Re: ClinMed NetPrints

From: Christopher D. Green <christo_at_YORKU.CA>
Date: Wed, 5 Apr 2000 09:37:44 -0400

"ransdell, joseph m." wrote:

> It would hardly be surprising if what the gatekeepers do not permit to
> pass through the public gates does not become generally accepted, if the
> field is one in which the gatekeepers are efficient. What is unknown
> obviously cannot become commonly accepted. The question, then, is
> whether scholarly consensus is to be limited to what is found possibly
> acceptable by the gatekeepers, in the form of editors and their
> consultants. Gatekeepers tend to think so, needless to say, though
> dissenters can occasionally be found. In any case, others may smell
> something amiss in these pretensions.

Although it is well-known among psychologists (it may not be so well-known
among others), there was actually an empirical study of the reliability of
peer review published in Behavioral & Brain Science in 1982. The system did
not come off very well. To quote the abstract:

"12 research articles were resubmitted to the journals that had published
them 18-32 mo previously, with ficticious names and institutions substituted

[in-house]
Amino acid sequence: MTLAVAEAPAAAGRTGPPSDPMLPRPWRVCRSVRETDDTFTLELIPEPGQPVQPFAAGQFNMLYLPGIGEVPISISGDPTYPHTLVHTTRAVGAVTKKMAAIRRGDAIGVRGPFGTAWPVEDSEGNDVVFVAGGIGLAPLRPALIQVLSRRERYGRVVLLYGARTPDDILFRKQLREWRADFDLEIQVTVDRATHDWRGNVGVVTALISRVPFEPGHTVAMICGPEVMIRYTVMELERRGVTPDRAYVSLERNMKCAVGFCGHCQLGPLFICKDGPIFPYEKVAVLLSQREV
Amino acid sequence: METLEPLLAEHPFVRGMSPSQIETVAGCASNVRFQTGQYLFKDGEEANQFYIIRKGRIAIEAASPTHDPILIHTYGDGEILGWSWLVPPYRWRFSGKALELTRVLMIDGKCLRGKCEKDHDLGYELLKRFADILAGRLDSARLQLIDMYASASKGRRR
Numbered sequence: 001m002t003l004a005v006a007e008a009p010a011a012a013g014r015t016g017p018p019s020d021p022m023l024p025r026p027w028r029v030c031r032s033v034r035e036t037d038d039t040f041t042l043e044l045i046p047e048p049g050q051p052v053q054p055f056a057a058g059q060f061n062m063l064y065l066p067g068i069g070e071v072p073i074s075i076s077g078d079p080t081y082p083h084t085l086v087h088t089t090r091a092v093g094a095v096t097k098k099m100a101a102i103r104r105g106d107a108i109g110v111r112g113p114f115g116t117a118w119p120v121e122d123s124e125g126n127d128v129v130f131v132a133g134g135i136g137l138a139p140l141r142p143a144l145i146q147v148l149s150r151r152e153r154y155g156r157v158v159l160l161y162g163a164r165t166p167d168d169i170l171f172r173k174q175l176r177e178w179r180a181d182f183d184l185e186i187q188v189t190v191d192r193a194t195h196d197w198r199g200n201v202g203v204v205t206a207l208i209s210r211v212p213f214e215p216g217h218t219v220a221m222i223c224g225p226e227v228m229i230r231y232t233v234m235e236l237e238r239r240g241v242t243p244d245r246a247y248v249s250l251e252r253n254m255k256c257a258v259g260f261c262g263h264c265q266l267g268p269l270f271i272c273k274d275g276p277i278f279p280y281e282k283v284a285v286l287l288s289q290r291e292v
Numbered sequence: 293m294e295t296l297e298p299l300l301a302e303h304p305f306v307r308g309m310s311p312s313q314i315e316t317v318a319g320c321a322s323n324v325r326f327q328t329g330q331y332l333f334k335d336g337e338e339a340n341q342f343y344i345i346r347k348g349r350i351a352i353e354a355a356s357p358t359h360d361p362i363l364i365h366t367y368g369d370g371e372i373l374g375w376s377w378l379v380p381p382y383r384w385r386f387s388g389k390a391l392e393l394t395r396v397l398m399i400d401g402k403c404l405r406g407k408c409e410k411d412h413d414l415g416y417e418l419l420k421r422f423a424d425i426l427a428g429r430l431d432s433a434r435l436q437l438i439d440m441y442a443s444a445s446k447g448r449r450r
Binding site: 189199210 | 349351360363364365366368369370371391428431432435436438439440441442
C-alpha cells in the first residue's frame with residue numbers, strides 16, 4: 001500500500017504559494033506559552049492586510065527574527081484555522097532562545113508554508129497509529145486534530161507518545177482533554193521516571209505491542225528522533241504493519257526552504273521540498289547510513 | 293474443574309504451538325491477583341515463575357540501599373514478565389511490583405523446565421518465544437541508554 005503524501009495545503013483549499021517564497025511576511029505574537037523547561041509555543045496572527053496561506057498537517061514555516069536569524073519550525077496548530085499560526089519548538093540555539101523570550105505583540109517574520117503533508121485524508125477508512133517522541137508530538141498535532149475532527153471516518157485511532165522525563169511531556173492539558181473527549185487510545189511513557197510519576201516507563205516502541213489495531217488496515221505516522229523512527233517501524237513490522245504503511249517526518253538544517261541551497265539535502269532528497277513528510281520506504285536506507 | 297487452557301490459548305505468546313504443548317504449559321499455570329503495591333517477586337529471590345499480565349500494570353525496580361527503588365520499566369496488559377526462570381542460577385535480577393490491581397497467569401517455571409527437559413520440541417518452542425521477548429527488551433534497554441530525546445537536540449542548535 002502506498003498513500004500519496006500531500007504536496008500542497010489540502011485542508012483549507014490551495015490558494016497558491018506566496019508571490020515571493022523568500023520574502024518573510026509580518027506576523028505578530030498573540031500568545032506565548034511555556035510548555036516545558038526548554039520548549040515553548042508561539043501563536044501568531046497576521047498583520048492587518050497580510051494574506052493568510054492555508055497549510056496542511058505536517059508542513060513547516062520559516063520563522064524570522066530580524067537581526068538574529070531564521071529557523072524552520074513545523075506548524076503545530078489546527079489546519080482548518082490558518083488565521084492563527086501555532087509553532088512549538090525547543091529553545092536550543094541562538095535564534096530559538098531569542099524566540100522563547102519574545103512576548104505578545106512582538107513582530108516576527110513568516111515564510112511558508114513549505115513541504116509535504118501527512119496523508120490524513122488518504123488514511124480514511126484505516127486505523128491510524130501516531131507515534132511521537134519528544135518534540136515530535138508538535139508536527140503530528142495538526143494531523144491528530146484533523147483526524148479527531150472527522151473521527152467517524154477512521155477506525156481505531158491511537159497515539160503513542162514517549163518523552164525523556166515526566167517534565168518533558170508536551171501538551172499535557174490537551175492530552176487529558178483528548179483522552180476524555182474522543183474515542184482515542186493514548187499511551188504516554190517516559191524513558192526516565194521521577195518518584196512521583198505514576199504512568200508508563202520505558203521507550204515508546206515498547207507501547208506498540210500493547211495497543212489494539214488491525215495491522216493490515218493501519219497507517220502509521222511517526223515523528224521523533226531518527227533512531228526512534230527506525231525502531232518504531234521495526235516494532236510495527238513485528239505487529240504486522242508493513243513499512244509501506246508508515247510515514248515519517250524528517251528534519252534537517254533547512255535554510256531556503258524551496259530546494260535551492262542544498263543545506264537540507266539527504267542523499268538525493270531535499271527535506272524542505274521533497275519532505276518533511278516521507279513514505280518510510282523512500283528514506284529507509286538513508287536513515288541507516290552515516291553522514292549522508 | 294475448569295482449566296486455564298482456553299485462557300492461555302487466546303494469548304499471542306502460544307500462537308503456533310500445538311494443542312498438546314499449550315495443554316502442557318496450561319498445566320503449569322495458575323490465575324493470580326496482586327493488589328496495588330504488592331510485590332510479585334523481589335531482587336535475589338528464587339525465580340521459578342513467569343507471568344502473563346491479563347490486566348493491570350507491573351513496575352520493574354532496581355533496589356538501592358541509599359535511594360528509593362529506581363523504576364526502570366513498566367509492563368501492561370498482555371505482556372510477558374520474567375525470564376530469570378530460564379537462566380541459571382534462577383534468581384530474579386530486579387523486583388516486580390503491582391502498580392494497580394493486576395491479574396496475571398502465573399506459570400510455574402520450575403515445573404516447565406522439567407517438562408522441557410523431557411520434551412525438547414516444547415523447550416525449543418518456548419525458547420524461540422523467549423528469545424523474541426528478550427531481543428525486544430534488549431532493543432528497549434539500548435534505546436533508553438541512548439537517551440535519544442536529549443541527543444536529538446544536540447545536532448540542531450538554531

for the original ones. Only 3 of the resubmissions were detected, and 8 of
the remaining articles were rejected--primarily for "serious methodological
flaws." Authoreviewer accountability is discussed, and recommendations for
improving the peer review system are presented. Commentary on this article
is provided by 56 authors along with the original authors'."

Peters, Douglas P. & Ceci, Stephen J. (1982). Peer-review practices of
psychological journals: The fate of published articles, submitted again.
Behavioral & Brain Sciences. 1982 Jun Vol 5(2) 187-255

Christopher D. Green
Department of Psychology
York University
Toronto, Ontario M3J 1P3
phone:  (416) 736-5115 ext. 66164
fax:    (416) 736-5814
Received on Mon Jan 24 2000 - 19:17:43 GMT

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